June 2017 Conservation Column
By Pepper Trail
The torrent of terrible environmental actions out of the Trump Administration continues, with almost daily assaults on climate change science, public land stewardship, and pollution regulations. In this column, we will focus on only one piece of bad news – Trump’s attack on national monuments. But to prevent the hopelessness that is all too easy to feel these days, I’ll end with some good news on Oregon’s Elliott State Forest.
National Monuments Under Threat – Including the Cascade-Siskiyou
On April 26, President Trump issued Executive Order 13792, directing the Secretary of the Interior “to conduct a review of all Presidential designations or expansions of designations under the Antiquities Act made since January 1, 1996, where the designation covers more than 100,000 acres, where the designation after expansion covers more than 100,000 acres, or where the Secretary determines that the designation or expansion was made without adequate public outreach and coordination with relevant stakeholders…” This Order includes the Cascade-Siskiyou National Monument, which covers approximately 113,000 acres after the expansion declared by President Obama on January 12, 2017. Also included were Craters of the Moon in Idaho, Hanford Reach in Washing- ton, Giant Sequoia in California, and Grand Staircase-Escalante and Bears Ears in Utah.
Let there be no question: this Executive Order aims to roll back the Antiquities Act and strip protections from these precious places. In the case of the Cascade-Siskiyou National Monument, the threats include logging and increased off-road vehicle activity. The move could open other monuments to oil and gas drilling, uranium and coal mining, tar sands extraction, fishing and other industrial dangers. It is unprecedented attack on our national parks, public lands and oceans, a blatant giveaway to timber, oil, and mining interests, and another brazen attempt to undermine our bedrock environmental laws.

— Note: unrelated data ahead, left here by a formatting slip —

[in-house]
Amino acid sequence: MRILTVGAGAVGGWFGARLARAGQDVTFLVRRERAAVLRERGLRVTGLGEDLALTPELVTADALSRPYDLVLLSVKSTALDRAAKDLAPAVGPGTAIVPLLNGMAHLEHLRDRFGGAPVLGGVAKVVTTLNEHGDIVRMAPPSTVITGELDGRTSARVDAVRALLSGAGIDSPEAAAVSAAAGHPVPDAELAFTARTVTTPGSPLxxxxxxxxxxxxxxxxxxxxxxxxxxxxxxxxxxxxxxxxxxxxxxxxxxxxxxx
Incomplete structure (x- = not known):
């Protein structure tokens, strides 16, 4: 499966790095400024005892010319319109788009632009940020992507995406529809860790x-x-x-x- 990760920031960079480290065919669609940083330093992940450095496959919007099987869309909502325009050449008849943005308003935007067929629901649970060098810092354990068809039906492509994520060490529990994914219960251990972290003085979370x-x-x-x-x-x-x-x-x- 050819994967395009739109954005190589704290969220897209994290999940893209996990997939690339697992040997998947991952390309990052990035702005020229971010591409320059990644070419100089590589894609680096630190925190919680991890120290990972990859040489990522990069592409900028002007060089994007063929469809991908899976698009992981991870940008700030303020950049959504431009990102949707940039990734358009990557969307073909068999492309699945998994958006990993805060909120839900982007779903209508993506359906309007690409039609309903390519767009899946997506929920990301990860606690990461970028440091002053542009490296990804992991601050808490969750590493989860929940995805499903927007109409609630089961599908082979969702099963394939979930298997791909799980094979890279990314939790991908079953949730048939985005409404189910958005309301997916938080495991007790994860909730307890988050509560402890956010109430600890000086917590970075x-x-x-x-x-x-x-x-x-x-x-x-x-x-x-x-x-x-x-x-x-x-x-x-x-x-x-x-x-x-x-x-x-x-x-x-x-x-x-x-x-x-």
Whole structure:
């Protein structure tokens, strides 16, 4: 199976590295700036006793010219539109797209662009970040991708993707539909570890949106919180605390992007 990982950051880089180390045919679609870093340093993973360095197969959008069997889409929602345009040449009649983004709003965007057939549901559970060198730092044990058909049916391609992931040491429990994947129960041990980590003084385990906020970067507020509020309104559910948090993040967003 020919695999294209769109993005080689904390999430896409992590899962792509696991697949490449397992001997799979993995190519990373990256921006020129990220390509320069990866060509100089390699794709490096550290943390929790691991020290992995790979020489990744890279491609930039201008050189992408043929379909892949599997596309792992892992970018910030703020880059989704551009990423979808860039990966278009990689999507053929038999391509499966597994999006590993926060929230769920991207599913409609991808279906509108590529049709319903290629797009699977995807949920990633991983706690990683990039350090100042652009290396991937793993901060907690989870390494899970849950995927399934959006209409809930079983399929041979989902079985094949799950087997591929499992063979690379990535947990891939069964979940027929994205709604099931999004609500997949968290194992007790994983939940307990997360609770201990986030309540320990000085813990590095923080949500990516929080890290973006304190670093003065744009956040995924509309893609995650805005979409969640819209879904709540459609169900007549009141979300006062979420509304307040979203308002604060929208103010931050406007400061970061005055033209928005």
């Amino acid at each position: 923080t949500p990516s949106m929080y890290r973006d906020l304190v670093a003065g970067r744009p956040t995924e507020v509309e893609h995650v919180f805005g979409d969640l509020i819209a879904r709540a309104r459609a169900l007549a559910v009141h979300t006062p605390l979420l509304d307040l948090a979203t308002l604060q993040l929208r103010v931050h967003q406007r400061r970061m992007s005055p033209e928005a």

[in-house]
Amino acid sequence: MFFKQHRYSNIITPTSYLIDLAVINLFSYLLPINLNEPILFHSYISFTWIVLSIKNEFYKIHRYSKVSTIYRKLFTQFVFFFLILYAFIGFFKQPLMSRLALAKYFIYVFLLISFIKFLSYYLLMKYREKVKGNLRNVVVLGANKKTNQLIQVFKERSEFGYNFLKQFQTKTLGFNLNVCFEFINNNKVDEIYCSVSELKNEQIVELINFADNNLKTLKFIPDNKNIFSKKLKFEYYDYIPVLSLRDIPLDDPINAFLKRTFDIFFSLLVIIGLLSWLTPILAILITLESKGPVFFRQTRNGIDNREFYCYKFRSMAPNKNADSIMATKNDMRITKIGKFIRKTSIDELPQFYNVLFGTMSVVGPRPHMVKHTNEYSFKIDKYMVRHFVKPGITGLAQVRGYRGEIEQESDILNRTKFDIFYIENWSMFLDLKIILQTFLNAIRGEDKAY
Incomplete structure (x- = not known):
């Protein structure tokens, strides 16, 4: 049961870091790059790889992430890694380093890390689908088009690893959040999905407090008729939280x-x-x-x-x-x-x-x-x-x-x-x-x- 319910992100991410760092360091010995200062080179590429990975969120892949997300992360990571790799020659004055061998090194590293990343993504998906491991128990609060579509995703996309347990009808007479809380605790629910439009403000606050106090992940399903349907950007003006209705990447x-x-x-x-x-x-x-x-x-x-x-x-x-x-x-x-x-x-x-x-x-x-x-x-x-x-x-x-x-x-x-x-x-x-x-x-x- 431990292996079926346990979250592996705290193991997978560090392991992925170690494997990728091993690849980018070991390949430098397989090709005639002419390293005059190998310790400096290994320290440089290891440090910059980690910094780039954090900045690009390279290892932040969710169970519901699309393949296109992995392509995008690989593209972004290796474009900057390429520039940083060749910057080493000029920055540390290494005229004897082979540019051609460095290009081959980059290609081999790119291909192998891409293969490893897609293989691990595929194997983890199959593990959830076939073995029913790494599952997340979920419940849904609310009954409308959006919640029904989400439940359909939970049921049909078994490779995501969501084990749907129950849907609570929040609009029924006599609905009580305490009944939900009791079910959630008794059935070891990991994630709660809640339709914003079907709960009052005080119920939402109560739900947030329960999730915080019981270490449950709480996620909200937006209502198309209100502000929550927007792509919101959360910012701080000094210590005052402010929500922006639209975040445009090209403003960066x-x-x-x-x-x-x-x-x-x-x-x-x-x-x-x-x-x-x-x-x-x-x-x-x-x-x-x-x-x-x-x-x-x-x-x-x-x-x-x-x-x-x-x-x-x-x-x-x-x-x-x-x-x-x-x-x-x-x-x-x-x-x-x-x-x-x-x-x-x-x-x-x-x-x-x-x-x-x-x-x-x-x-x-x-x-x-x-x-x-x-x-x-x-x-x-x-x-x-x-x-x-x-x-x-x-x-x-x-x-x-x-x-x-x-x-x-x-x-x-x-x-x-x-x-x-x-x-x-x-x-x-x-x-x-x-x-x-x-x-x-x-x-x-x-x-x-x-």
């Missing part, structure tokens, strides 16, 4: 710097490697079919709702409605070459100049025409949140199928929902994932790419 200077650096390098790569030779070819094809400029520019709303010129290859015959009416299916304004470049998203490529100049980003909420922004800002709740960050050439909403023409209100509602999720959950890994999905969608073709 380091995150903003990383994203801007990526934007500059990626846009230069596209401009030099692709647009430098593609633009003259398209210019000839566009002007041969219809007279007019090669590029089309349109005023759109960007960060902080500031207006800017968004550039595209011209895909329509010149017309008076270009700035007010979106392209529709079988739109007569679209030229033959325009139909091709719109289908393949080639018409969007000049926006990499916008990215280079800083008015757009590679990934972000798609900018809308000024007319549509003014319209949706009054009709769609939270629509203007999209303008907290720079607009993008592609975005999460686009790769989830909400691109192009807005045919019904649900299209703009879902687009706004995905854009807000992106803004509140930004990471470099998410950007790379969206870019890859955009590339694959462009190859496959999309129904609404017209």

National parks and public lands and waters help define who we are as a nation. Attempts to dismantle national monuments are an attack on our nation’s historical, cultural and natural heritage. Please stand strong against President Trump’s anti-environment assault and defend national monument protections for Cascade-Siskiyou and all of our threatened national monuments.
The public comment period on National Monument review opened on May 12 and ends July 10. PLEASE CONTACT INTERIOR SECRETARY RYAN ZINKE & TELL HIM:
• Do NOT revoke Cascade-Siskiyou or any other National Monument designations.
• Do NOT reduce any National Monument boundaries.
• Do NOT reduce any National Monument protections.
To submit comments over the web, go here and enter “DOI-2017-002″in the “Search” bar and click “Search.”
To send comments by snail mail, write a comment letter to:
Secretary Ryan Zinke – Monument Review, MS-1530
U.S. Department of the Interior
1849 C Street NW
Washington, DC 20240.
Good News About the Elliott State Forest (from the Oregonian)
The Elliott State Forest, the 82,500-acre Coast Range parcel the state nearly sold to a timber company, will stay in public ownership, bringing an end to Oregon’s years-long flirtation with divesting the land.
Oregon Gov. Kate Brown, Secretary of State Dennis Richardson and state Treasurer Tobias Read voted in May to halt the sale, pulling the remote forest – home to wild salmon, Spotted Owls, and Marbled Murrelets – back from the brink of a plan that was wildly unpopular with hunters, anglers and environmental groups.
Read and Richardson’s earlier proposal would have sold the forest for $221 million to Lone Rock Timber Management, which bid in conjunction with Native American tribes and The Conservation Fund. The state would’ve received an assurance that half of the forest would be kept open to public access.
The potential divestiture had put Oregon at the forefront of a nationwide debate over publicly owned land, leaving a Democrat-controlled state positioned to do something that some Republicans, including President Donald Trump’s interior secretary, have rejected.
The sale had been driven by the archaic system by which Oregon holds the state forest. The state is constitutionally required to use revenue from logging the land to benefit schools. But logging was curtailed by environmental lawsuits after the state in 2011 tried to nearly double the amount of clear-cutting allowed each year.
The vote was a major win for Brown, who successfully fought back a February attempt to sell the land. Her plan would use $100 million in taxpayer-funded bonds to end the state’s obligation to earn money for schools from the forest’s old growth trees, riparian areas and steep slopes.
Under Brown’s proposal, decisions about the rest of the land would be entrusted to a habitat conservation plan, a blueprint that would dictate where logging could occur and where habitat for threatened species like the marbled murrelet and northern spotted owl would be protected. It would need federal approval, something that federal agencies withheld the last time Oregon tried to draft such a plan for the Elliott.
Huge questions about the forest in Coos and Douglas counties remain unanswered. Chief among them: Which agency will manage the land, what role logging and recreation will play in its future and how many acres of the forest will be protected with a proposed $100 million investment from state taxpayers.
Still, a piece of good news, and these days that is cause for celebration indeed.